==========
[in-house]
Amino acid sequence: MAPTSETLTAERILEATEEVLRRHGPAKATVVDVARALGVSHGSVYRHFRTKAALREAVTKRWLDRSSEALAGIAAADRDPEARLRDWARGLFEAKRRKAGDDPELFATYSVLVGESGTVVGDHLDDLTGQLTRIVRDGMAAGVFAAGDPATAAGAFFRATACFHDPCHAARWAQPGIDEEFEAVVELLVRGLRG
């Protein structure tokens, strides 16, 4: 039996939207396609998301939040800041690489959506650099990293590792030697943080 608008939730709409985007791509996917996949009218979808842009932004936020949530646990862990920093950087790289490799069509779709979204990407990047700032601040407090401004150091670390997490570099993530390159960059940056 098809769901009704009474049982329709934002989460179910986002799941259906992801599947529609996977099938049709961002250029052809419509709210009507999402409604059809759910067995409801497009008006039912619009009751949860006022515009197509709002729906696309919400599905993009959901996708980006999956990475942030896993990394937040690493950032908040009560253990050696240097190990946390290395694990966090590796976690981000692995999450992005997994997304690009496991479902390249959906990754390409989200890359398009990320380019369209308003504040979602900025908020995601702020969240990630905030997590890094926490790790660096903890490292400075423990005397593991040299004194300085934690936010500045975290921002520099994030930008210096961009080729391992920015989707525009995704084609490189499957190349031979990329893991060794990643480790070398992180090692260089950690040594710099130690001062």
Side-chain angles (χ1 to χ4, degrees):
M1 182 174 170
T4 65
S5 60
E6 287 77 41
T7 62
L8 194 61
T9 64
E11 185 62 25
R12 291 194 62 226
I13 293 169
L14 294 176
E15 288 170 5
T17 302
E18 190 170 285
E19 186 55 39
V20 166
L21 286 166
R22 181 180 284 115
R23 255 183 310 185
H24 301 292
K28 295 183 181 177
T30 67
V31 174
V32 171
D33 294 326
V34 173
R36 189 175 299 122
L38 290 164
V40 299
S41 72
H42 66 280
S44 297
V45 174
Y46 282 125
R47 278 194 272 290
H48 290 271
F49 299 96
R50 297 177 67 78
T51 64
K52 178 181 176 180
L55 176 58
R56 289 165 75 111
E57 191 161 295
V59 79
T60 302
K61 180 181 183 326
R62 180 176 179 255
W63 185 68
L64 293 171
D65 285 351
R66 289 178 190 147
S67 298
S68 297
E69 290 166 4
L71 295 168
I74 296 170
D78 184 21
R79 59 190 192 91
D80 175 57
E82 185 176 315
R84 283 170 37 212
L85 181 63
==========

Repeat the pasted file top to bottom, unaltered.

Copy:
[in-house]
Amino acid sequence: MAPTSETLTAERILEATEEVLRRHGPAKATVVDVARALGVSHGSVYRHFRTKAALREAVTKRWLDRSSEALAGIAAADRDPEARLRDWARGLFEAKRRKAGDDPELFATYSVLVGESGTVVGDHLDDLTGQLTRIVRDGMAAGVFAAGDPATAAGAFFRATACFHDPCHAARWAQPGIDEEFEAVVELLVRGLRG
């Protein structure tokens, strides 16, 4: 039996939207396609998301939040800041690489959506650099990293590792030697943080 608008939730709409985007791509996917996949009218979808842009932004936020949530646990862990920093950087790289490799069509779709979204990407990047700032601040407090401004150091670390997490570099993530390159960059940056 098809769901009704009474049982329709934002989460179910986002799941259906992801599947529609996977099938049709961002250029052809419509709210009507999402409604059809759910067995409801497009008006039912619009009751949860006022515009197509709002729906696309919400599905993009959901996708980006999956990475942030896993990394937040690493950032908040009560253990050696240097190990946390290395694990966090590796976690981000692995999450992005997994997304690009496991479902390249959906990754390409989200890359398009990320380019369209308003504040979602900025908020995601702020969240990630905030997590890094926490790790660096903890490292400075423990005397593991040299004194300085934690936010500045975290921002520099994030930008210096961009080729391992920015989707525009995704084609490189499957190349031979990329893991060794990643480790070398992180090692260089950690040594710099130690001062």
Side-chain angles (χ1 to χ4, degrees):
M1 182 174 170
T4 65
S5 60
E6 287 77 41
T7 62
L8 194 61
T9 64
E11 185 62 25
R12 291 194 62 226
I13 293 169
L14 294 176
E15 288 170 5
T17 302
E18 190 170 285
E19 186 55 39
V20 166
L21 286 166
R22 181 180 284 115
R23 255 183 310 185
H24 301 292
K28 295 183 181 177
T30 67
V31 174
V32 171
D33 294 326
V34 173
R36 189 175 299 122
L38 290 164
V40 299
S41 72
H42 66 280
S44 297
V45 174
Y46 282 125
R47 278 194 272 290
H48 290 271
F49 299 96
R50 297 177 67 78
T51 64
K52 178 181 176 180
L55 176 58
R56 289 165 75 111
E57 191 161 295
V59 79
T60 302
K61 180 181 183 326
R62 180 176 179 255
W63 185 68
L64 293 171
D65 285 351
R66 289 178 190 147
S67 298
S68 297
E69 290 166 4
L71 295 168
I74 296 170
D78 184 21
R79 59 190 192 91
D80 175 57
E82 185 176 315
R84 283 170 37 212
L85 181 63